AVC: So it wasn't calculated, is what you're saying.
BD: No, it wasn't. I wish we could be more calculated, I think that would save us sometimes.
AVC: Did you record it in Liverpool because you guys are so much bigger in the UK?
BD: You know, the show was small, I think it was just as big as it could've been in San Francisco. It was probably like 500 people or something, so I wouldn't say it was based on that, as much as we were on tour and they wanted to have it out by a certain time, and that's where we were at the time. I think it was place and time and convenience more than anything else, I don't think anybody was like, "Oh yeah, England!" It was more like they wanted it out by a certain time. Had it been up to us, we would've recorded multiple shows at multiple places. I mean, it was up to us, but—I think the thing we're learning with the majors is that you have to hold your own. Like before, with Kill Rock Stars, they let you be whatever you want. It's just a different approach and a completely different world, and the guidance is just not what you're used to, so you have this really weird blind trust.
AVC: Have you started working on a studio follow-up?
BD: A studio follow-up, you mean as in a real record? [Laughs.] Actually, that's what I'm doing right now with Nathan [Brace Paine's real name]. We're just working on the new record, taking our own time. I hate to do what I'm told, that's why I'm not good at 9-to-5s. When I feel like I'm being forced to do something, I can't, so that's why we're doing it on our own time now. But yeah, we're working on a full-length now.
AVC: It's been a while since you guys were last in the studio, right? Standing In The Way Of Control was recorded three years ago.
BD: Someone told me once that Lucinda Williams takes six years between albums, and that's what stuck to me; it's like, you really are a factory. You don't do things to make them, on your own time. There were three years between Movement and Standing In The Way Of Control, too. It's just our pace, and that's natural for us. I don't feel freaked out about it until people freak out about it. When you get a certain amount of media attention, I think people are like, "Where's your other album?" and I'm like, "Well, this is a new band to you, to a lot of people, and I think that's not what they're used to. I think they're used to major-label bands that set out to be famous and make a lot of money, keeping people happy, and that's just not the way we do things." So it could be another year, it could be another two years.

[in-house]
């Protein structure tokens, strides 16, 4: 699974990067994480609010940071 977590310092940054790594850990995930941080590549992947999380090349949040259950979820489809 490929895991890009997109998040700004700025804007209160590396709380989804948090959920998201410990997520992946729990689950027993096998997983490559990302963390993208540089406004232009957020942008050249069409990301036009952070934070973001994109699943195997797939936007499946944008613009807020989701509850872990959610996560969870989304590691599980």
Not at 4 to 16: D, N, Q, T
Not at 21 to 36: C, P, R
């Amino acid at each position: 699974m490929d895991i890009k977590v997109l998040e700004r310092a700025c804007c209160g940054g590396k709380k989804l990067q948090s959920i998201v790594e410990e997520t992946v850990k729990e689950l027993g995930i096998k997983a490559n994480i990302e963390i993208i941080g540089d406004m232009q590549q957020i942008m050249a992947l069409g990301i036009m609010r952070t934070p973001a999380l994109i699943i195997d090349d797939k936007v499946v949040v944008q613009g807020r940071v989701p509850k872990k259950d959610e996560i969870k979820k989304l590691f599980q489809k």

AVC: On the tour you just wrapped up in Europe, you added a bassist for the first time, Chris Sutton. Is he a permanent addition, or was that just for those shows?
BD: It's just for shows right now; we're still working it in. But I think the way we're writing right now is going in a different direction, and we need more people, we need more instruments. It's really weird. The first time we played with him, it was like, "What the hell?" For the first time ever, I was really conscious about how much space I was taking up, because usually it's just me and Nathan. But it's really good having him around. It's really fun having another person in the band too.
AVC: Obviously the band has a very queer-friendly philosophy, but do you worry at all about being pigeonholed as exclusively a queer act, especially after signing to Music With A Twist?
BD: I don't really care. I could give a shit. I think if I were someone who takes themselves completely seriously as an artist I would, but I don't take myself that seriously, I don't think Gossip takes itself that seriously. It's also just such a part of who we are as a band. If you want to look at it like that, all music is pretty fucking gay. [Laughs.] I mean especially dance music or punk music, it's all so gay. So I don't feel pigeonholed, I feel like we're right at home. You don't pigeonhole yourself, people pigeonhole you. If the world is not at a place yet where it can just be like, "This music is gay and it's music," then it's not my fault that it gets pigeonholed, it's not the people in the band's fault, it's because people won't just let music be music, people who need to put a name on something or to critique something. And I'm not saying that whole shit with, "Man, labels are labels," because I don't really agree with that either. It's interesting how people always ask the band that question when they should be asking the media that question. I don't mean to shame you for your question, I'm all "How dare you?" [Laughs.]